Google+ Antique GPO Telephones & British Vintage Telephones: March 2012

Tuesday, March 20, 2012

Changing the Microphone in a Bakelite Telephone

Old British Bakelite Telephones such as the 200 series and 300 series telephones used the same handset. This Bakelite handset was known as a model no 164 handset, and was used for over 30 years. It was the standard telephone handset in 1929 and was manufactured all the way through to the early 1960's.

Compared to today’s modern telephone handsets it has a very good ear piece (or receiver). Its only weakness is that the microphone (or transmitter) in the mouthpiece does not live up to today’s expectations of sound quality. This lack of sound quality is only noticeable to the people at the other end of the telephone call. When you are using one of these antique telephones the person at the far end will think you are calling them from the bottom of a well :-) This can be rectified by swapping the old carbon granule microphone out with a modern electronic (electret) microphone. Several makes of replacement electret microphones are available however they must be designed for use in old telephones.

The instructions below show you how this microphone change can be performed.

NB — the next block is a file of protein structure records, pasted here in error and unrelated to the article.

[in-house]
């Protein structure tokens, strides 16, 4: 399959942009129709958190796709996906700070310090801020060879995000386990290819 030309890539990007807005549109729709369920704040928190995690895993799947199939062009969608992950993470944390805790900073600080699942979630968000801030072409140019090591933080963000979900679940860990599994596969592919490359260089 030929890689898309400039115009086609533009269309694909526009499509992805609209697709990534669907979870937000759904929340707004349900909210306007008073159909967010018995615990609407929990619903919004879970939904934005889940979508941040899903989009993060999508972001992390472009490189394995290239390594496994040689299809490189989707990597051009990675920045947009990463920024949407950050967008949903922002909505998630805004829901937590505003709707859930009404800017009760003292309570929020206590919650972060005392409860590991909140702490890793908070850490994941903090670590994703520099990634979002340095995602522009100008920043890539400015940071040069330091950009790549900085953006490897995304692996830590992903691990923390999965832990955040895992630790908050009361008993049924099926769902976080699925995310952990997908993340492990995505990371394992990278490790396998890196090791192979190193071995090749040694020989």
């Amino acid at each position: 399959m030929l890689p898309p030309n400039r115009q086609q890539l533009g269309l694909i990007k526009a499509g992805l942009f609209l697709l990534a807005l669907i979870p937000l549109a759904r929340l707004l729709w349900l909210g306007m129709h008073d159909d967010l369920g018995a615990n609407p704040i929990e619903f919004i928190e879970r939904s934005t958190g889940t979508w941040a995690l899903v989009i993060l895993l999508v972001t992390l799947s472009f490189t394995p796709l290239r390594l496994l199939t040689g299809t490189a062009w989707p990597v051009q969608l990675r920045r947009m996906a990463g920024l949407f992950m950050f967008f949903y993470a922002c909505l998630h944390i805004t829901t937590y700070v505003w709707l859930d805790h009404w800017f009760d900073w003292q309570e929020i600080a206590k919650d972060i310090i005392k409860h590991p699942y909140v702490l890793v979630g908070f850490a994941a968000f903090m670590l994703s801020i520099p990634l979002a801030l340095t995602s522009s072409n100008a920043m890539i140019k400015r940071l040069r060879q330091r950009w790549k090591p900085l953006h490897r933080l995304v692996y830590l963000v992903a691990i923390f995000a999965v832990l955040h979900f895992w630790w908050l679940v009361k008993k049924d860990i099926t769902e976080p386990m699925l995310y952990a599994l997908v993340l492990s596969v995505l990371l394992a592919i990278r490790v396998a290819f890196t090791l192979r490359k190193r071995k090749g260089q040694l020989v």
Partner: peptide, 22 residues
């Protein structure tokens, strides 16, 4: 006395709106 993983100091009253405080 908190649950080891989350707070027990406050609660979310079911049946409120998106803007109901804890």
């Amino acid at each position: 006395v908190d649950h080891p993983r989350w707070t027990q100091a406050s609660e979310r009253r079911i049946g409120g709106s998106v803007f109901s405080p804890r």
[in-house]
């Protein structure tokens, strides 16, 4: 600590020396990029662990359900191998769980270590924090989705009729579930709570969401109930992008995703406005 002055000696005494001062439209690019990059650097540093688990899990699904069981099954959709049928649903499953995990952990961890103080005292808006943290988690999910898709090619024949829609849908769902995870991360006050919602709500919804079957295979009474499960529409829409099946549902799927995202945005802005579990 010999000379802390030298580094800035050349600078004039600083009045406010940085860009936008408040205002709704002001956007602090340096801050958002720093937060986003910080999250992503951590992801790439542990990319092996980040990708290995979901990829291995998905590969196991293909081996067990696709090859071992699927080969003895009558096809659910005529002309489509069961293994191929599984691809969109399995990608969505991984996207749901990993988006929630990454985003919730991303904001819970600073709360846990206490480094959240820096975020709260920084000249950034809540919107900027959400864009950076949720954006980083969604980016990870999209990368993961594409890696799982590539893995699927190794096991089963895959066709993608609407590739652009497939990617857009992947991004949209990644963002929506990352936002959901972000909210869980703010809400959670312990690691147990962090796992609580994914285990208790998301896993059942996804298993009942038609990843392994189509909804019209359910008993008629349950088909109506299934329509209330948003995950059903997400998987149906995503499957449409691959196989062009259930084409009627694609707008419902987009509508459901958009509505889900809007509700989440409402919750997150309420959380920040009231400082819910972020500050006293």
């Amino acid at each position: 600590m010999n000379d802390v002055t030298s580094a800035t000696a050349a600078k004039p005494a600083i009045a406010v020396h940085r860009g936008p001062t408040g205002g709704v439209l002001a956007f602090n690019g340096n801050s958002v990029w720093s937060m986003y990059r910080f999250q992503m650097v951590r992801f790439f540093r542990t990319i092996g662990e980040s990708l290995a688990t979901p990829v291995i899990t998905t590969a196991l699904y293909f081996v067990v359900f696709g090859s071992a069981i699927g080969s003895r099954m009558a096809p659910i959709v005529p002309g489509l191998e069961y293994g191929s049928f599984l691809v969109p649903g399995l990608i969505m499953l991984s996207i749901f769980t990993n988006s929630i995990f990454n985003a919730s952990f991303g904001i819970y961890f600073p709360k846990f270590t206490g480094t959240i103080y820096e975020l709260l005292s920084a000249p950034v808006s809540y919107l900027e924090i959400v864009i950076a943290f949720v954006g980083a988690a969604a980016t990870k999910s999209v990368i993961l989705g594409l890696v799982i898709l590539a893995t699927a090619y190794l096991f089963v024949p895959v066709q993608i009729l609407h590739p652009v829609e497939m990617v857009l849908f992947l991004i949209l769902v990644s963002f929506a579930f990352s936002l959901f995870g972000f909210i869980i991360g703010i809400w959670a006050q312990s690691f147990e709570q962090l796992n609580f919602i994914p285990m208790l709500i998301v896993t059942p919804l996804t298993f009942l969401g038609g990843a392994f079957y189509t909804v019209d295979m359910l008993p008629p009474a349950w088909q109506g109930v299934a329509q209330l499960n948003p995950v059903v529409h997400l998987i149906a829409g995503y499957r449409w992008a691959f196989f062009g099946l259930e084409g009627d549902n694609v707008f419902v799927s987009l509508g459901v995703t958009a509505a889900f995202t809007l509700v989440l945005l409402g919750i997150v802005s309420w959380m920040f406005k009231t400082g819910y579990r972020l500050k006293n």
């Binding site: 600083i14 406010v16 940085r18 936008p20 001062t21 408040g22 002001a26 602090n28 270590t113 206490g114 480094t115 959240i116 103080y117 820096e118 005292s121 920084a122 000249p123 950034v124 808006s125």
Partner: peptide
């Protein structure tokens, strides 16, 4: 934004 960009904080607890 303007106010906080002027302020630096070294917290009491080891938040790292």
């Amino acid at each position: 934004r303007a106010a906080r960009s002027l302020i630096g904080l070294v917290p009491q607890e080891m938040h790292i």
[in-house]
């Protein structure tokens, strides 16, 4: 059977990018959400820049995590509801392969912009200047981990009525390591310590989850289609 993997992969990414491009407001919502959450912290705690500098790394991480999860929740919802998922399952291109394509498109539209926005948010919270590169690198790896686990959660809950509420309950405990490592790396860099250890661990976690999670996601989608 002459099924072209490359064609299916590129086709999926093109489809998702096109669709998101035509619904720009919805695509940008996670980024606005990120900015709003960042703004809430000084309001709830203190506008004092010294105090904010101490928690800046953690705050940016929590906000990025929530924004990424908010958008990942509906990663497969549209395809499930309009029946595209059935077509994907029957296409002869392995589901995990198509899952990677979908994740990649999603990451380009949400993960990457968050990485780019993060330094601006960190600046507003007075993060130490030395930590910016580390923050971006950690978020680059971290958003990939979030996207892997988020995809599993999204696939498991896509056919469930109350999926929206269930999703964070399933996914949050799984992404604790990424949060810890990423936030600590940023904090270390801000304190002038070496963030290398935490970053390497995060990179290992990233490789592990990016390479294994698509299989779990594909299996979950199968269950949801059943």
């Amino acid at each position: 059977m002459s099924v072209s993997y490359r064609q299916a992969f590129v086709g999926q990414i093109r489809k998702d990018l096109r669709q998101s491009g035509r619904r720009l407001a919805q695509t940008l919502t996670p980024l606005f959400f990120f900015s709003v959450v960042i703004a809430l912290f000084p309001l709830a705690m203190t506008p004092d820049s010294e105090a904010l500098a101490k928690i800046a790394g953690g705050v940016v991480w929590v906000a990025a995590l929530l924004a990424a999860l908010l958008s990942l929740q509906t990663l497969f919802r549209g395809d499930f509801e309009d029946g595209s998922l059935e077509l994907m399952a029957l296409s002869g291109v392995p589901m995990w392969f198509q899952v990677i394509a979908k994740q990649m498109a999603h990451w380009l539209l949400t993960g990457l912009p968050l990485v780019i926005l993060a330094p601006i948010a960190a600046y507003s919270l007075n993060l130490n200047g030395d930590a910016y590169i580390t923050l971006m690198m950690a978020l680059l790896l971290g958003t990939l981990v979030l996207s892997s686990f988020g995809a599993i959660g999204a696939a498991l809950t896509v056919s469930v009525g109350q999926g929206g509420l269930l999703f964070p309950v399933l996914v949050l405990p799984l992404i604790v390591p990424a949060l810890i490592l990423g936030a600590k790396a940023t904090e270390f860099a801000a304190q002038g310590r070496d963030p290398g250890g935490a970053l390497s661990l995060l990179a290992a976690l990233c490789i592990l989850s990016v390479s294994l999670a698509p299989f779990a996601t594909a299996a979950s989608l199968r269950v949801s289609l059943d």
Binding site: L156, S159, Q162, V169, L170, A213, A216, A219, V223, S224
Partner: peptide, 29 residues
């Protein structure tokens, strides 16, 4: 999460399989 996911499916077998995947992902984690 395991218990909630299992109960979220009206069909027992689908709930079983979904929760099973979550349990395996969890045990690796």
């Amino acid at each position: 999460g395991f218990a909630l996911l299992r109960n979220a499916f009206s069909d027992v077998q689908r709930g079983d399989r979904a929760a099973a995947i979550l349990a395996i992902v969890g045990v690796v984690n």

1) First remove the Bakelite mouthpiece from the handset. If you are unsure how to remove it safely, please see the details on our web page removal of a bakelite mouthpiece.

2) The old Carbon Granule Microphone should just lift out (it is not hard wired).

3) Use a small flat bladed screwdriver to remove the old microphones spring clips (see photographs below).

4 ) Attach two wires to the new electronic microphone ideally red and white wire should be used to make life easier when you fit it (see photograph below). Thankfully new electret microphones used in these vintage telephones are not polarity sensitive, so it does not matter which way round you connect the wires.

5) Connect the new red wire from the microphone to the old red wire inside the mouthpiece, and the new white wire to the old white wire inside the telephone mouthpiece.

6) Modern electronic microphones are smaller than the old carbon granule ones, so you will usually need to cut a small piece of foam to fill the gap to stop the new microphone from rattling around inside the old telephone handset.

7) Finally refit the Bakelite mouthpiece on your handset and test the Bakelite telephone.

Providing the rest of your antique telephone is in good order, the sound quality and usability of your old Bakelite Telephone should be significantly improved.